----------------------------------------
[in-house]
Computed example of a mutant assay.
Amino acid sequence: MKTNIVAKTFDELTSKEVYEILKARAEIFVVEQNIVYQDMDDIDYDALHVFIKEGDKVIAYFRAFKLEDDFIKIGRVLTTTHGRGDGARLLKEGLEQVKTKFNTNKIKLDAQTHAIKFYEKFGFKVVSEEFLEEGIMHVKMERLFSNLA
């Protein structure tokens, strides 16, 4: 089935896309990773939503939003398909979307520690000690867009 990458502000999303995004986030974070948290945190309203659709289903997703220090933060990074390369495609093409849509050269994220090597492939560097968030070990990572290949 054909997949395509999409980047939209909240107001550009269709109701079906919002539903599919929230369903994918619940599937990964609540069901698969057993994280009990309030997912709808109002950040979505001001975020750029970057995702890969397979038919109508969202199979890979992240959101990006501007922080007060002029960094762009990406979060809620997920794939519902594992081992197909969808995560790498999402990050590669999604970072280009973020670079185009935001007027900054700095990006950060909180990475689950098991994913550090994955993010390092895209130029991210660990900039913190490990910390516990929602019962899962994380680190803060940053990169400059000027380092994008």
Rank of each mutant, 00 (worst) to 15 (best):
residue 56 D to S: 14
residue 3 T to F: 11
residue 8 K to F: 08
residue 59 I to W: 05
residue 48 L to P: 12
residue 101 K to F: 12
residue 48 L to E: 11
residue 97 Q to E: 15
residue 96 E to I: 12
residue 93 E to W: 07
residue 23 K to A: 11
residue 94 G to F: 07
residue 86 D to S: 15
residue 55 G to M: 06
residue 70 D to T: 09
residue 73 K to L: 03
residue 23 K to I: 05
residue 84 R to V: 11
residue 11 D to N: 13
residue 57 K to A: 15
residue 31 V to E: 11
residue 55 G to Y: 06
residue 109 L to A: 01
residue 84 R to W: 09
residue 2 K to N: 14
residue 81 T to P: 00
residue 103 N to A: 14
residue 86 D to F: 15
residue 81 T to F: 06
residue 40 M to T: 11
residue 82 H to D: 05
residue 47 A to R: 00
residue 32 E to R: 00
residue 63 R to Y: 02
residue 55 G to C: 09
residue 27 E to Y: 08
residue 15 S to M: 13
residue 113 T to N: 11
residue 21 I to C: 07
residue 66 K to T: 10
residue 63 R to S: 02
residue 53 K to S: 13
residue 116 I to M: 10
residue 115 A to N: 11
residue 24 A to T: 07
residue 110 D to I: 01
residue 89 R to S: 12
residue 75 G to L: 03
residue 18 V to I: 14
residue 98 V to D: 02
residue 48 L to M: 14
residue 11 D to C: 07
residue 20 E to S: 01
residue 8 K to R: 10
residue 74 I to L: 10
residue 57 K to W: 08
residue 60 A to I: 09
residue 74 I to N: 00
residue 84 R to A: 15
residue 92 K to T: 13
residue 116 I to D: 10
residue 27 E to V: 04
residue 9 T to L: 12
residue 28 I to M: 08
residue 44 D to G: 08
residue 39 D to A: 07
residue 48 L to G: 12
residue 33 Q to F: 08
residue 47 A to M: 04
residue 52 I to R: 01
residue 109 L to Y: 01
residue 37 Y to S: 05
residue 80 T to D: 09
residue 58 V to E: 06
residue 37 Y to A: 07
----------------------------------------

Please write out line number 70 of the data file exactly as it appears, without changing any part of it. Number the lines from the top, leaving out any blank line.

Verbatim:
residue 44 D to G: 08